I grew up with the Seashore Lines, as my father was a station agent for them for 43 years. His father was a railroader(brakeman) as well, having started on the ACRR then working for the Seashore Lines,and was killed in a accident working the yard drill at Bulson Street. In the late 60's I hired on as "temporary summertime" help as a block operator,but when September came, I was asked if I wanted to go full time, which I did. While I remember the very last days of steam ,most of my memeories are of the diesel era,starting with the Baldwins when I was younger and then the EMD's and the remaining Baldwins when I hired on. Railroading from the inside is a much more serious business than the romantic rail enthusiast side. I happened to be able to experiance both sides, which is kinda neat in it's own way. There is a satisfaction of being entrusted and being capable of handling hunderds of tons of freight trains and being reponsible for the safety of the lives of the riders of your passenger trains. I't's a no bull s**t,safety first, dollars and efiicency counts world, where if you can't handle the load and gaff, you're outta there. Don't get me wrong here,I enjoyed all I did on the Seashore Lines and am proud to have been a 5 th generation railroader and am glad for all the experiances I had. Some of the memories I have is working Brown Tower on the busy second trick,handling just about all the railroads traffic except for what was left on the main line. Speaking of the main line, how about a hot August afternoon and the lines are on the way to thier repective shore points. The train dispatcher tells you that all AC lines need train orders for a speed restriction at Egg Harbor. You write them up as he dictates them, repeat them back spelling out all the engine numbers and names of places (i.e: Engine 2005 at Winslow would be Engine two-naught-naught-five at W-I-N-S-L-O-W-, you actually got quite good at it after a bit) then stringing them up on the bamboo hoop and walking outside to hang them on. The train order light is on, but you hear the line coming and youcan tell by the fast pace of the "clickety-clack" that he;s booking, Sure as the dickens, he comes around the curve making 60 mph. I'm thinking what am I going to do now. I have to hang these orders on at 60 mph!?!?!?!. Well, snap bang ,whoosh and a cloud of dust, the engineer somehow got his arm through the hopp and got the train orders, I'm still alive, shaking a bit, but DON"T want to do that again, but 35 minutes later, same thing!! Went home that night thinking I'd had really accomplished something by keeping the lines moving on the advertised. Or the time I get a phone call at home about noon from the train dispatcher asking if I could go open Tuckahoe for a Beesley's Pt. Extra before he gets there. I says "Sure, where's he at now?" the train disprupter says" He's just arriving at Winslow". I'm thinking "What, are you nuts?". So off I go go in my '64 Chevy II, hauling butt down Tuckahoe Rd. I lived ( and stiil do) in Franklinville, so Tuckahoe has to be about 30 miles to Tuckahoe. So I'm hot footing down 555 and get to Milmay and what do I hear? Yup, the BP Extra blowing for Milmay Rd(arriving in Winslow my butt, I'm thinking.) So pedal to the metal and off to Tuckahoe. I look in my rearview window and all I can see is 3 Geeps with 125 cars of coal making track speed with a dust trail following, so faster yet I go. Swing into town, turn on Reading Ave ,make a right to the tower, jump out,run up the steps, go inside and sign on the train line,setup the railroad and pull the signals and 'Ding", the extra pops up on the train board. Radio crackles"Tuckahoe, do we have the railroad?" and I reply, a bit out of breath at this point but like there's nothing to it, " You got it!!". Yea, I have a few memories of the Seashore Lines before it disappeared,both in summer and winter. I'll post more later if there's interest, maybe next will be expoilts and shannagins at Wildwood Jct. and Cape May Canal.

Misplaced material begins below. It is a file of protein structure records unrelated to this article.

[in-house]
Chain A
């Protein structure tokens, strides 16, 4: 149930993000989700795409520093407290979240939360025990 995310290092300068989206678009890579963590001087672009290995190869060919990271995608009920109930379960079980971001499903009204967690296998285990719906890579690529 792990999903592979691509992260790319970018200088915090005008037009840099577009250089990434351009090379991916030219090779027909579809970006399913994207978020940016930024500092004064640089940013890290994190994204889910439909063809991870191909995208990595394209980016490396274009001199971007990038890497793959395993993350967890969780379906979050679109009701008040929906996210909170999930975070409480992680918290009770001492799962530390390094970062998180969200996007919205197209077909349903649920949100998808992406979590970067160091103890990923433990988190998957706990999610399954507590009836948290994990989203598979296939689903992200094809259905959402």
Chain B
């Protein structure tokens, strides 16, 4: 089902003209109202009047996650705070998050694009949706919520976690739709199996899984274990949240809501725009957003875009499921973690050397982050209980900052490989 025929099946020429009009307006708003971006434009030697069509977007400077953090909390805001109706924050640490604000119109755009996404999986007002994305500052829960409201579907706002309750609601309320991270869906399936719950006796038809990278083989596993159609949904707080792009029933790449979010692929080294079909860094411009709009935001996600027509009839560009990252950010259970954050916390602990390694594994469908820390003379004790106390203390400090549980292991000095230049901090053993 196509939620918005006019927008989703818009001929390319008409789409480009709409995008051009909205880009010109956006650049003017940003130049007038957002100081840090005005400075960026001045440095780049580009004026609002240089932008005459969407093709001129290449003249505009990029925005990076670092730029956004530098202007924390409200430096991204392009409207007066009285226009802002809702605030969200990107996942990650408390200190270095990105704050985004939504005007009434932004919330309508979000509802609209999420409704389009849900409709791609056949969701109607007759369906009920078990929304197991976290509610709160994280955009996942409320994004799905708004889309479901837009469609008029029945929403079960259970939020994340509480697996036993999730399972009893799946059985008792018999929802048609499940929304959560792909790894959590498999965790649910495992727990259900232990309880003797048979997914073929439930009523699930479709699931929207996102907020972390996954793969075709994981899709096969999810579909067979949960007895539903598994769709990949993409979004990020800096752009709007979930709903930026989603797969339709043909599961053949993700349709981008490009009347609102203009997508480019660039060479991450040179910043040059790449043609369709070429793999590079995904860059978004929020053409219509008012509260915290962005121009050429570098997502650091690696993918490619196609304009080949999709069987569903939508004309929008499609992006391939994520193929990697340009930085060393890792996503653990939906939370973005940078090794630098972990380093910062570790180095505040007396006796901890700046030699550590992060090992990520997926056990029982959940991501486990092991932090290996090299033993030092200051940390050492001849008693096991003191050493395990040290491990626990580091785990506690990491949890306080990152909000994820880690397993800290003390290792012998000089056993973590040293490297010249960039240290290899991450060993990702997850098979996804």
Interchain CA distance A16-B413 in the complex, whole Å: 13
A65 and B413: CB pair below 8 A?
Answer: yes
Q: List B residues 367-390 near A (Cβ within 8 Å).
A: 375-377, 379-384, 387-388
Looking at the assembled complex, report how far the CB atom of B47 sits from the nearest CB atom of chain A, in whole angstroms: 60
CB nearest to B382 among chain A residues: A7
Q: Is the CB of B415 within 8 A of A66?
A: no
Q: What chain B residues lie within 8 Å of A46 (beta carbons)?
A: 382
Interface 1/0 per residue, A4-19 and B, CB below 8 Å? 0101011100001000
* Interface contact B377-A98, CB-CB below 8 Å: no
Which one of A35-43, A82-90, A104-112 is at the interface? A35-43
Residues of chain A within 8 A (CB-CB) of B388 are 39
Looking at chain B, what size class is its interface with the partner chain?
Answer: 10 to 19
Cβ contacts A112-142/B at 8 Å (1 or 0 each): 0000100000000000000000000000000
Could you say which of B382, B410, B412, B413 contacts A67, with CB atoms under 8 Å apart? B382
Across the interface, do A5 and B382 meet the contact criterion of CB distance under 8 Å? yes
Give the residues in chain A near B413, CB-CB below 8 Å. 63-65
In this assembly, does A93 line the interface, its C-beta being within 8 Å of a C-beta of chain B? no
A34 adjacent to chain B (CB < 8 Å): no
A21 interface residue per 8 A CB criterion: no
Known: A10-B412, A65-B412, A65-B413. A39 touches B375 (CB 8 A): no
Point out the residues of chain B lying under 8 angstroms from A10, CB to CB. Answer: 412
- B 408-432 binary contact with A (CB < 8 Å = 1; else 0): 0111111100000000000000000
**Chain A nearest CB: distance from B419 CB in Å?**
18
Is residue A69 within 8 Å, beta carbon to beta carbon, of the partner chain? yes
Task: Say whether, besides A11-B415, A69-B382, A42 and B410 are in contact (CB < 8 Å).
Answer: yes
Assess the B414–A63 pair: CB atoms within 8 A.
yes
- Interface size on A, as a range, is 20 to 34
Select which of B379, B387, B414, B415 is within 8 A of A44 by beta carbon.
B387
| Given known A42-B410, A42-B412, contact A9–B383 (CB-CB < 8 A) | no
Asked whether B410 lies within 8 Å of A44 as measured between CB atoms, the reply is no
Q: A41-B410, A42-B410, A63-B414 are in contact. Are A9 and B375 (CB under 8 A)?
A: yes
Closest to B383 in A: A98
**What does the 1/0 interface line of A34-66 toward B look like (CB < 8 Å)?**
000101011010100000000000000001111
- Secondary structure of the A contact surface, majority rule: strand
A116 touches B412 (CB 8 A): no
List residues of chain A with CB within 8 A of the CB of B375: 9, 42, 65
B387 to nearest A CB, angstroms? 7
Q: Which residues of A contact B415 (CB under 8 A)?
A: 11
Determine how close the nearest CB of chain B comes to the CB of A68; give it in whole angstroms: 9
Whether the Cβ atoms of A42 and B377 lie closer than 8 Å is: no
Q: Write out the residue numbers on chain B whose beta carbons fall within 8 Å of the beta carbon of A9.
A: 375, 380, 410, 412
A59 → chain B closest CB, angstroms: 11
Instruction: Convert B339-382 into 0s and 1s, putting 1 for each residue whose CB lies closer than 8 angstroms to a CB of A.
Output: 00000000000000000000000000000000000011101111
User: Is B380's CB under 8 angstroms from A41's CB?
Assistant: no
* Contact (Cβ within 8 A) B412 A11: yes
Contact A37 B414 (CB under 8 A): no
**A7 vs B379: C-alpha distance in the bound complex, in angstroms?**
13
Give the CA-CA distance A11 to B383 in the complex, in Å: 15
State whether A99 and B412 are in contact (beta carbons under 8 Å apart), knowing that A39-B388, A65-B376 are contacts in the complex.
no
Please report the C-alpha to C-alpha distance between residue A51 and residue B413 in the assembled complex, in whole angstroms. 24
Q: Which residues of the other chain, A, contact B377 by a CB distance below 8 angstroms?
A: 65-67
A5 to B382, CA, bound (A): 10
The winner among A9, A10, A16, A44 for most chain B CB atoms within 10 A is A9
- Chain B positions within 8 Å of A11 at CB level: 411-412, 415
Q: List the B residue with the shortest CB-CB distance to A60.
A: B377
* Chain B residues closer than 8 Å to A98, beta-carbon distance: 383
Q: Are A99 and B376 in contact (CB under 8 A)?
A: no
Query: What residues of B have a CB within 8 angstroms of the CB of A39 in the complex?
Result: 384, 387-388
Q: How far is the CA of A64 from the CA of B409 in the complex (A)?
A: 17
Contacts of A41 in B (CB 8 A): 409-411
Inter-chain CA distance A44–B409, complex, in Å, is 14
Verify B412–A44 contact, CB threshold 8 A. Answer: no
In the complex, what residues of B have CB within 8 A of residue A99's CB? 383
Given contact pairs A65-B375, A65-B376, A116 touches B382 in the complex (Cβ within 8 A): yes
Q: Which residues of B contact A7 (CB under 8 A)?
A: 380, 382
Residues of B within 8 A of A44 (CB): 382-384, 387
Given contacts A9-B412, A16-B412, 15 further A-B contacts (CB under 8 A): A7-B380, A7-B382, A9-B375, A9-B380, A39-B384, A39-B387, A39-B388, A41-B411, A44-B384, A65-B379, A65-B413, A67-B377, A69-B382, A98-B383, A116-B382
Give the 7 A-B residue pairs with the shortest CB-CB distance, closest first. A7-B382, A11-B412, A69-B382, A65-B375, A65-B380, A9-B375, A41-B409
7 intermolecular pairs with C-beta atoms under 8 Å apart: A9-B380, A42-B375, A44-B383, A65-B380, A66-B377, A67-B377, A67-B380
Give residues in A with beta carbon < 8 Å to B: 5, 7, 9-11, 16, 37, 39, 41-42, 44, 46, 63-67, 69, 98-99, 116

Steam professional since 1974
Former Block Operator- PRSL